Spring was in Kyoto, if not yet in the mountains. The road into the city was lined with peasants preparing rice fields. The blossoming plum orchards hummed with bees.
The round moon-gate to the Spring Palace was flanked by pots of dwarfed cherry trees dripping in pink tinged flowers. Okurimono peered into the courtyard, thinking she had never seen anything so beautiful. Its pavilions looked to be as much of a playground for the gods as the formidable donjon of the shōgun’s castle.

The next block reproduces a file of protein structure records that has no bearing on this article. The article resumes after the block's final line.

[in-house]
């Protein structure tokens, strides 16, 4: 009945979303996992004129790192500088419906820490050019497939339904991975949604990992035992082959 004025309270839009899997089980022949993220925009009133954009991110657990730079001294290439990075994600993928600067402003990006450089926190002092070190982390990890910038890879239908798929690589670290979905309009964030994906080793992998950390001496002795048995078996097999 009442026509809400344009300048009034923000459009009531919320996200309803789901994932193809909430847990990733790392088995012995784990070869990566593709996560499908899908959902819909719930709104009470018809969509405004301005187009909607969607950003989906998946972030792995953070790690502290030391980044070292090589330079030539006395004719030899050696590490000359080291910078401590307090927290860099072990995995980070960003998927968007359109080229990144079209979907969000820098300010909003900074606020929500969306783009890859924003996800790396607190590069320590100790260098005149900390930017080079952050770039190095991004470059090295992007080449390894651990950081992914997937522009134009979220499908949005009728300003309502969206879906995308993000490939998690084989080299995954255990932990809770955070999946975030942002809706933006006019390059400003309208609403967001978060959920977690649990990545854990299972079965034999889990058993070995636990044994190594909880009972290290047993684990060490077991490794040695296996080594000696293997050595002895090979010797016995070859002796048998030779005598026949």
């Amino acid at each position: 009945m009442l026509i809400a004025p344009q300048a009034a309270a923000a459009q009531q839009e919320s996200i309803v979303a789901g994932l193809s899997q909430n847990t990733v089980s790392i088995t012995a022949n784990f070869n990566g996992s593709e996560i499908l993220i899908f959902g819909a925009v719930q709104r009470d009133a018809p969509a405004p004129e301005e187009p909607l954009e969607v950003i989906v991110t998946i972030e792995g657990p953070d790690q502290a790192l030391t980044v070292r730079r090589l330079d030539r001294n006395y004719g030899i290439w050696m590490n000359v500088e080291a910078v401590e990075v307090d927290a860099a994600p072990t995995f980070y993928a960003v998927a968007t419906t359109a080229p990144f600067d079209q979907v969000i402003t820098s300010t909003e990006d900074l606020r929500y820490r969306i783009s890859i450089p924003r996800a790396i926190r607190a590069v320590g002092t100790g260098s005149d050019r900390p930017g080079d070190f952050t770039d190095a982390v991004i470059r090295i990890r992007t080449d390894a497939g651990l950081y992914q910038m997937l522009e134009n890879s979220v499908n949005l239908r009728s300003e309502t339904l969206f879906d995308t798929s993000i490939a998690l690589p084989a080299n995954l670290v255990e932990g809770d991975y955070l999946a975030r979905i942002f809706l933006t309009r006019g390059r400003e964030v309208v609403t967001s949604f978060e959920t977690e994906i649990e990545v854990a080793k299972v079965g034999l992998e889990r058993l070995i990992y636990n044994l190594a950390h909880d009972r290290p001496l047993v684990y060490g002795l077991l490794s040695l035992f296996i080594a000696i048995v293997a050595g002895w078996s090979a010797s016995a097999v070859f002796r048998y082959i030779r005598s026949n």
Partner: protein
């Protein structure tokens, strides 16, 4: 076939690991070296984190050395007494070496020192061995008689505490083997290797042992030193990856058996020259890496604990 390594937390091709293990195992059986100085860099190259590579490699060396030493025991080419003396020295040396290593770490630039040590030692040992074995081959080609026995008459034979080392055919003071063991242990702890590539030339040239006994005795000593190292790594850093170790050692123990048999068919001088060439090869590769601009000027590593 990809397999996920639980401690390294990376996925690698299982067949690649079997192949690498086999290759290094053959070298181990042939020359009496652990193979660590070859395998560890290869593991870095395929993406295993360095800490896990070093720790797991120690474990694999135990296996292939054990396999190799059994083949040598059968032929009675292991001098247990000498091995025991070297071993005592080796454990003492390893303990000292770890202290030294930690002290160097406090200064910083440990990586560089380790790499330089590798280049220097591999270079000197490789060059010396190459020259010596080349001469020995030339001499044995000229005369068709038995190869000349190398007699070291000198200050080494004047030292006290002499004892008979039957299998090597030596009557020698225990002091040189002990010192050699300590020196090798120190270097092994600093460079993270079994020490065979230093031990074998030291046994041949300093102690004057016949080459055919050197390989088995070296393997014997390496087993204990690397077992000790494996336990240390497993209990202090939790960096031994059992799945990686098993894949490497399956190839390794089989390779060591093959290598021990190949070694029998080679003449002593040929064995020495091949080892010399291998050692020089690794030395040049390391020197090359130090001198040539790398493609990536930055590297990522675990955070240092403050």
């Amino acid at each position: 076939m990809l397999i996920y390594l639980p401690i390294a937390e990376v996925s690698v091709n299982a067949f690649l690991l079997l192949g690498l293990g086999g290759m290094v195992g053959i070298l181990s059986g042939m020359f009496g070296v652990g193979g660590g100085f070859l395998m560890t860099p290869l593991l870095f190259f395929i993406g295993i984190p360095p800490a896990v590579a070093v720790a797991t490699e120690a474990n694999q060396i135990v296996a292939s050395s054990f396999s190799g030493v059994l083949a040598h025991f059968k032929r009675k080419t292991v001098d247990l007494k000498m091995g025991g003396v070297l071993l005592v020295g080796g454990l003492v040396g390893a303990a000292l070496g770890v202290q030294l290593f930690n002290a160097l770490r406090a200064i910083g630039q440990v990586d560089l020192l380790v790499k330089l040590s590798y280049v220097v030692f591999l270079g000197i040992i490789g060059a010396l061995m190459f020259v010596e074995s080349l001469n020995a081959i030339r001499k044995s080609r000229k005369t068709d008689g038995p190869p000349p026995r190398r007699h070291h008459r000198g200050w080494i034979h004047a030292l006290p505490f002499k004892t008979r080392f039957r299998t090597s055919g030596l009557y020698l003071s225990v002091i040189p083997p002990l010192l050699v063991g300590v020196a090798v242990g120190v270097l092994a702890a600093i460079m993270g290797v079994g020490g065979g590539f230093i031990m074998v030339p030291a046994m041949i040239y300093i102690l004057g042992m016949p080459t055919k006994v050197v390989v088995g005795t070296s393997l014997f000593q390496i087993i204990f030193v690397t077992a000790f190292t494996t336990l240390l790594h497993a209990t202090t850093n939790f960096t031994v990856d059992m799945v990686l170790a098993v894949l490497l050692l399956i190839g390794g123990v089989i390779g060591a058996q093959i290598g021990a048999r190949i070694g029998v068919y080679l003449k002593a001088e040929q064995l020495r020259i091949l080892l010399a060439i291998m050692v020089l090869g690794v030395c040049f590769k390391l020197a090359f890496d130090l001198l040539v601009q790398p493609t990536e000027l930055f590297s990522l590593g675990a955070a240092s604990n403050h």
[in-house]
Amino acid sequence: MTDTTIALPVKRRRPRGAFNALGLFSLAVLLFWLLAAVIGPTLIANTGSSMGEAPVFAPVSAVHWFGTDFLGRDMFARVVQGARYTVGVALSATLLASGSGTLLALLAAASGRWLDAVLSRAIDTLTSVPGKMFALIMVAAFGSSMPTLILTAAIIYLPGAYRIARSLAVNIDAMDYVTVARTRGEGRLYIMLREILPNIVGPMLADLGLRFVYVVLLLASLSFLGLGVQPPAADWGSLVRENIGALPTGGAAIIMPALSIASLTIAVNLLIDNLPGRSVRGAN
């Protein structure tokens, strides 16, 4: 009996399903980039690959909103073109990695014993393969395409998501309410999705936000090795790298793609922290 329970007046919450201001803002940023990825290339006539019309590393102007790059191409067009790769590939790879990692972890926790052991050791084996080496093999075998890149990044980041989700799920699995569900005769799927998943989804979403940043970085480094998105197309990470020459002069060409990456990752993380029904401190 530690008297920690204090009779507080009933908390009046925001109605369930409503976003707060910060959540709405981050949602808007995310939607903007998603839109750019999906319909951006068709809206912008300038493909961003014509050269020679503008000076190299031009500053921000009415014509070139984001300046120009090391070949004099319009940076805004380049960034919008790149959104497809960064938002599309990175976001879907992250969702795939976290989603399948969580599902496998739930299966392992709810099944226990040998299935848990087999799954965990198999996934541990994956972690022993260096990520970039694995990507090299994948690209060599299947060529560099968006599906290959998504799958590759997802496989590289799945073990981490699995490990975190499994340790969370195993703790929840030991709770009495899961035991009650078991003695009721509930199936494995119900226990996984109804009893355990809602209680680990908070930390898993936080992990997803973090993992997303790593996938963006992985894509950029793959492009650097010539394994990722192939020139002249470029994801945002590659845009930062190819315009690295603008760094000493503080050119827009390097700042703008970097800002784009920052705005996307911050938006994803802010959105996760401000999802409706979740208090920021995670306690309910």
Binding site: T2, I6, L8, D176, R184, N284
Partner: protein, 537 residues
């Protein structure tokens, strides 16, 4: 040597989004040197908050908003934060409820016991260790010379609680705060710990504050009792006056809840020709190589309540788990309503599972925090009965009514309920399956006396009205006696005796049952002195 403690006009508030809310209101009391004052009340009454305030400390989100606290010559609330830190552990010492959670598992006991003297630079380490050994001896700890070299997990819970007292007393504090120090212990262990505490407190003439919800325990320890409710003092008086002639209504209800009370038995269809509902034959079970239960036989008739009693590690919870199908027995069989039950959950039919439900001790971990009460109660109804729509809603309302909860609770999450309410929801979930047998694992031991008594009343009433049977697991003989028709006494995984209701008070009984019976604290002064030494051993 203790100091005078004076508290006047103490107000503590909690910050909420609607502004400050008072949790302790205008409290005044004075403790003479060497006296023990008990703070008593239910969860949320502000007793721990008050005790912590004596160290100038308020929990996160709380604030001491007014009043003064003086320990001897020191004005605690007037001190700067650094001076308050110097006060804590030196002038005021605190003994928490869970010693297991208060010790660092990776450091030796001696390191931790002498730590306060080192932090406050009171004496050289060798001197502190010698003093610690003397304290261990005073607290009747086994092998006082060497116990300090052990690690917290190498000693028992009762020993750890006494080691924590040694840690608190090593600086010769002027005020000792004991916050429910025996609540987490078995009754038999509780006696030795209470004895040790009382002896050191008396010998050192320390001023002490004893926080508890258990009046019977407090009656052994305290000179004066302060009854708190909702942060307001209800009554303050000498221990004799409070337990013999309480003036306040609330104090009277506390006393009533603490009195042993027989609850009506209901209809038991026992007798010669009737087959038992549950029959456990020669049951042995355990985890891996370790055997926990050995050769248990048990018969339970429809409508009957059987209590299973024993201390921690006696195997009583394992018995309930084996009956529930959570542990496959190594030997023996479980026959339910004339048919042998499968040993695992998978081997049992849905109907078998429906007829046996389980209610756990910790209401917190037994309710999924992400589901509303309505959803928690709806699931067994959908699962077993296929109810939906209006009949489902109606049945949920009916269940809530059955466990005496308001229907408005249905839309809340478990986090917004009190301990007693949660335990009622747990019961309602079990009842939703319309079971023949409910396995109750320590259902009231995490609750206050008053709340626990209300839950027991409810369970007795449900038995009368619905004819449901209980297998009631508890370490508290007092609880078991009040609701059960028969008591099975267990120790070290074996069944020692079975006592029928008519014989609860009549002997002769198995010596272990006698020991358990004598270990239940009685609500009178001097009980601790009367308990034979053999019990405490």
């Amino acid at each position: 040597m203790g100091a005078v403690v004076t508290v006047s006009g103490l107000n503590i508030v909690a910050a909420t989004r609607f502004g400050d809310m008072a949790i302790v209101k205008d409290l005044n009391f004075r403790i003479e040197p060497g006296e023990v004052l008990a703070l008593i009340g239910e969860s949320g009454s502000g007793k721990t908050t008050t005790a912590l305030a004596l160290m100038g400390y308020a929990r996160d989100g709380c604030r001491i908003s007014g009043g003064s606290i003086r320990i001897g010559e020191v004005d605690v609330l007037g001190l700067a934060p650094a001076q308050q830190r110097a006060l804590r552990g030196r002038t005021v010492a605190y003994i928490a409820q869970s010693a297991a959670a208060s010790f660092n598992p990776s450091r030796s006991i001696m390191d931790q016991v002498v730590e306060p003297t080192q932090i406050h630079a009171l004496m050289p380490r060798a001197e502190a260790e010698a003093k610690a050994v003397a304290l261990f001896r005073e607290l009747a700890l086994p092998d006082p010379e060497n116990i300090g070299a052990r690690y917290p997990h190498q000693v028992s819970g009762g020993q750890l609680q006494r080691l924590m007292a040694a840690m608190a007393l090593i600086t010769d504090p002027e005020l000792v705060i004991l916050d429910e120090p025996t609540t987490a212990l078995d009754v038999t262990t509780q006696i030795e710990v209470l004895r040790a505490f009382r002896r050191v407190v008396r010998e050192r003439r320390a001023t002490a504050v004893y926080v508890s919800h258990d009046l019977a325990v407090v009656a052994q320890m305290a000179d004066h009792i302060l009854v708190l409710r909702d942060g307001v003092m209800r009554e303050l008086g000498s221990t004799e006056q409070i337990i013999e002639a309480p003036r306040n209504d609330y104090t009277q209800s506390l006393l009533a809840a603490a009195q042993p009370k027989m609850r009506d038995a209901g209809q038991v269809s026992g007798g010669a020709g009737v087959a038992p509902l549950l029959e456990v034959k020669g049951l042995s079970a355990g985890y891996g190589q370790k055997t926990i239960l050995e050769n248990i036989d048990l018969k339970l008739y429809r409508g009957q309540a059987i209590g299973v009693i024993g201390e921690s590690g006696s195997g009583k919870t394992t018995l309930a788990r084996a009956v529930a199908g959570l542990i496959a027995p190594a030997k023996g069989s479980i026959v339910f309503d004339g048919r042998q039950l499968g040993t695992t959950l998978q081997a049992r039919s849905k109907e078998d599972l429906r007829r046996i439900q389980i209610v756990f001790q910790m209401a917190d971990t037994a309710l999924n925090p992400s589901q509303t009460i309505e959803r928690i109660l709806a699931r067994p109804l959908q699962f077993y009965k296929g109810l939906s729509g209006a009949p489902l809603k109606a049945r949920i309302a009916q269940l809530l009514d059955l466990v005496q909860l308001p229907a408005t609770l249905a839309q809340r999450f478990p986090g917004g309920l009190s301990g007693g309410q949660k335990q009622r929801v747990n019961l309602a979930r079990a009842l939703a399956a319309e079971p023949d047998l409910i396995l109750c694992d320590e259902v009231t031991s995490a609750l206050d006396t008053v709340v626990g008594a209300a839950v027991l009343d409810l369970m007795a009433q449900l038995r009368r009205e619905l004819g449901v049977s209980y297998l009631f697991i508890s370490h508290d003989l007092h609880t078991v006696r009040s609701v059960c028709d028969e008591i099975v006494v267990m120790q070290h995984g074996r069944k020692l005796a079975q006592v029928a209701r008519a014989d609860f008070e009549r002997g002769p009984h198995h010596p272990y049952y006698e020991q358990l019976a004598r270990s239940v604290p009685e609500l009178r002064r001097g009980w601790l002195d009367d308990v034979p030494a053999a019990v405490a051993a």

The guards at the gate stepped forward, jabbing the air with iron tipped bamboo spears.
“Scram!” cried one.
“Come back in a few years. You’re too young for a tart,” laughed his friend.
Okurimono did not flinch. After the dangers she faced on the mountain road, these men seemed foolish.
“I come from the Lady Fujiko-san for Okaa-san, the Lady Yarite of the Spring Palace.”
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